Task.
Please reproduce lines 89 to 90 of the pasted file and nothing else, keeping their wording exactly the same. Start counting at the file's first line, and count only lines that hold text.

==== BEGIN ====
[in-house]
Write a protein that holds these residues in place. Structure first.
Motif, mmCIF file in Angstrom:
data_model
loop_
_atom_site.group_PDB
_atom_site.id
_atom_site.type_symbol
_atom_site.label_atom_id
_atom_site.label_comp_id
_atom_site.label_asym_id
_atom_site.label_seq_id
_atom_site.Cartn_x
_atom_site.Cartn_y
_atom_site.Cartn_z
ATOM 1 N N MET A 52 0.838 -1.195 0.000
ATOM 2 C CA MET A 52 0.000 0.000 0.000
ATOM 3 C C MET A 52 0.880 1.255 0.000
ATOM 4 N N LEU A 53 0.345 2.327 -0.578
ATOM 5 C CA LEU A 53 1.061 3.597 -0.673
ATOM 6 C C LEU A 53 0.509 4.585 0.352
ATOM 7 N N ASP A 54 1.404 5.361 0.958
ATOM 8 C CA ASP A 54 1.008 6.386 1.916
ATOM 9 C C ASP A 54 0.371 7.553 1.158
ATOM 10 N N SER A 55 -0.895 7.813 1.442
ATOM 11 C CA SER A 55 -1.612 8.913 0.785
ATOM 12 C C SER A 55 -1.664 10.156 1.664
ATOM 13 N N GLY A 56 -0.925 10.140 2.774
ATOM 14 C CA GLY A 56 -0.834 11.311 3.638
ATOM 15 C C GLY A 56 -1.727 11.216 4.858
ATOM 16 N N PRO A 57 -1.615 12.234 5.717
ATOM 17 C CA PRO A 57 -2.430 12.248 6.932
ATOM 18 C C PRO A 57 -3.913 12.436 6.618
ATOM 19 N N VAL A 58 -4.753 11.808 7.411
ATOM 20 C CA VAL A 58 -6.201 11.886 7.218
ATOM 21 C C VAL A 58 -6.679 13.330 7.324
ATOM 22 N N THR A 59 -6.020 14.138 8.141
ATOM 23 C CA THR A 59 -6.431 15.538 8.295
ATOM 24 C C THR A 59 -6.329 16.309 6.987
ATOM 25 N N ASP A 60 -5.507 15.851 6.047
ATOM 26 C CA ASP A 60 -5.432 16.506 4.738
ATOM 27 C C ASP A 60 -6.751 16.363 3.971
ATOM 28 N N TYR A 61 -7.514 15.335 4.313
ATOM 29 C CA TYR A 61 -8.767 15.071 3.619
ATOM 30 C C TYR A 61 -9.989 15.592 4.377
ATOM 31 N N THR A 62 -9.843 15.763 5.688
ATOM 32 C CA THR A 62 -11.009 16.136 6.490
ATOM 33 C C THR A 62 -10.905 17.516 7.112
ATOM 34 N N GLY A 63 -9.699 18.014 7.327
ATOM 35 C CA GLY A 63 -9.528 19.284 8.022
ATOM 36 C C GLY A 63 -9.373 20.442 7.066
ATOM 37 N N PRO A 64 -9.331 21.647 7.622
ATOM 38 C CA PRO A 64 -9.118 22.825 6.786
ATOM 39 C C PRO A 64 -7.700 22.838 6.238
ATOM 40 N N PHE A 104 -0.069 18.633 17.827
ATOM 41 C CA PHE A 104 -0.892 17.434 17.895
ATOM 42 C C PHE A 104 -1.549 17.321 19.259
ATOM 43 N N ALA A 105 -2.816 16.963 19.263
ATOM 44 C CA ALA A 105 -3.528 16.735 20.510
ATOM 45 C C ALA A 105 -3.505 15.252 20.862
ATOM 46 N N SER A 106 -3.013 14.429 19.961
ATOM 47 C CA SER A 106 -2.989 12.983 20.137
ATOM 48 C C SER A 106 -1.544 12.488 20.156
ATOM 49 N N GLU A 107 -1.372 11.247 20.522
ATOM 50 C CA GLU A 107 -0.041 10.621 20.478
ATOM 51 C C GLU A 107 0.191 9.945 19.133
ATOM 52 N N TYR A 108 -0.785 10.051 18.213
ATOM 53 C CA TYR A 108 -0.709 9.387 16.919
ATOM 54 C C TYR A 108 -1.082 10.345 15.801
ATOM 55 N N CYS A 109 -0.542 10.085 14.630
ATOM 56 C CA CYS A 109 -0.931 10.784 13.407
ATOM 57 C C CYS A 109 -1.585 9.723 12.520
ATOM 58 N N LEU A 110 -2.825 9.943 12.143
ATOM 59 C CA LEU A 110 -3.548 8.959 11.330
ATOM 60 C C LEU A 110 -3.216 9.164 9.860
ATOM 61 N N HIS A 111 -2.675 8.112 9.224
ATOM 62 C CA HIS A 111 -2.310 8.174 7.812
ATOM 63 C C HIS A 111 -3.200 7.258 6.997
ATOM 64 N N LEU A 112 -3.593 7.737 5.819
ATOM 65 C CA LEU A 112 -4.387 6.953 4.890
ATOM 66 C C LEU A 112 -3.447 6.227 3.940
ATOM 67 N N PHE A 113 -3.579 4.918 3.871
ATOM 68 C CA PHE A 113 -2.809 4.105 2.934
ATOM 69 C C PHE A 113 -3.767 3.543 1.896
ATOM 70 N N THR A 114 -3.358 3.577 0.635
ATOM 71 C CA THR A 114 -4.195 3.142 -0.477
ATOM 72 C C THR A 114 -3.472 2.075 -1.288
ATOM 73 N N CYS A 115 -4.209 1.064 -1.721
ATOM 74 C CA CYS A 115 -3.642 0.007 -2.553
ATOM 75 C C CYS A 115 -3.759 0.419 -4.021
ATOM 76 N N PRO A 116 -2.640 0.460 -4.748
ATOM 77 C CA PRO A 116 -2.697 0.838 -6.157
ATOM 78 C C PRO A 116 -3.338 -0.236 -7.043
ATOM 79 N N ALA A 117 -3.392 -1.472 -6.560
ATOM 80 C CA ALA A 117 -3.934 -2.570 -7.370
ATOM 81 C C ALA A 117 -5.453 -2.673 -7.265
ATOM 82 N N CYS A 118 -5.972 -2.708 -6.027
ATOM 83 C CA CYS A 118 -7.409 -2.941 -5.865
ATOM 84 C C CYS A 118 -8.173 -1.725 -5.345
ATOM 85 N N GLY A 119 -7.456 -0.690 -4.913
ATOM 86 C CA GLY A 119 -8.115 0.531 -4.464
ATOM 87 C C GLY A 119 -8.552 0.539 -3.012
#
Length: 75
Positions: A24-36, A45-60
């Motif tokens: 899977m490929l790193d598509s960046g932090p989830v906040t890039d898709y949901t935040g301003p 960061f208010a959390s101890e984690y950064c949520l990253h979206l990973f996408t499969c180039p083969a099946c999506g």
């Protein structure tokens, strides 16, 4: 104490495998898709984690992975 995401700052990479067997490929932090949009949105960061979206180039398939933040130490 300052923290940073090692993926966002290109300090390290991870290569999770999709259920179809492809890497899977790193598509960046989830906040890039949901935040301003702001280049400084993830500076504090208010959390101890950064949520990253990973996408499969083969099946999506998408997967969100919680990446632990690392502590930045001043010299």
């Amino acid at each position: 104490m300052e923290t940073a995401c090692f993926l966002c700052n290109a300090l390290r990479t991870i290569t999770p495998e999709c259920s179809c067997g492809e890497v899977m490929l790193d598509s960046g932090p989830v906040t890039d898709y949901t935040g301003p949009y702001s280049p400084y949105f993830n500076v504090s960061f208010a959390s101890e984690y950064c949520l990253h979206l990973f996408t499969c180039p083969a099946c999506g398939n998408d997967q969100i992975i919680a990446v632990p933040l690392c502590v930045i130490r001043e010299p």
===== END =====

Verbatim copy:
ATOM 74 C CA CYS A 115 -3.642 0.007 -2.553
ATOM 75 C C CYS A 115 -3.759 0.419 -4.021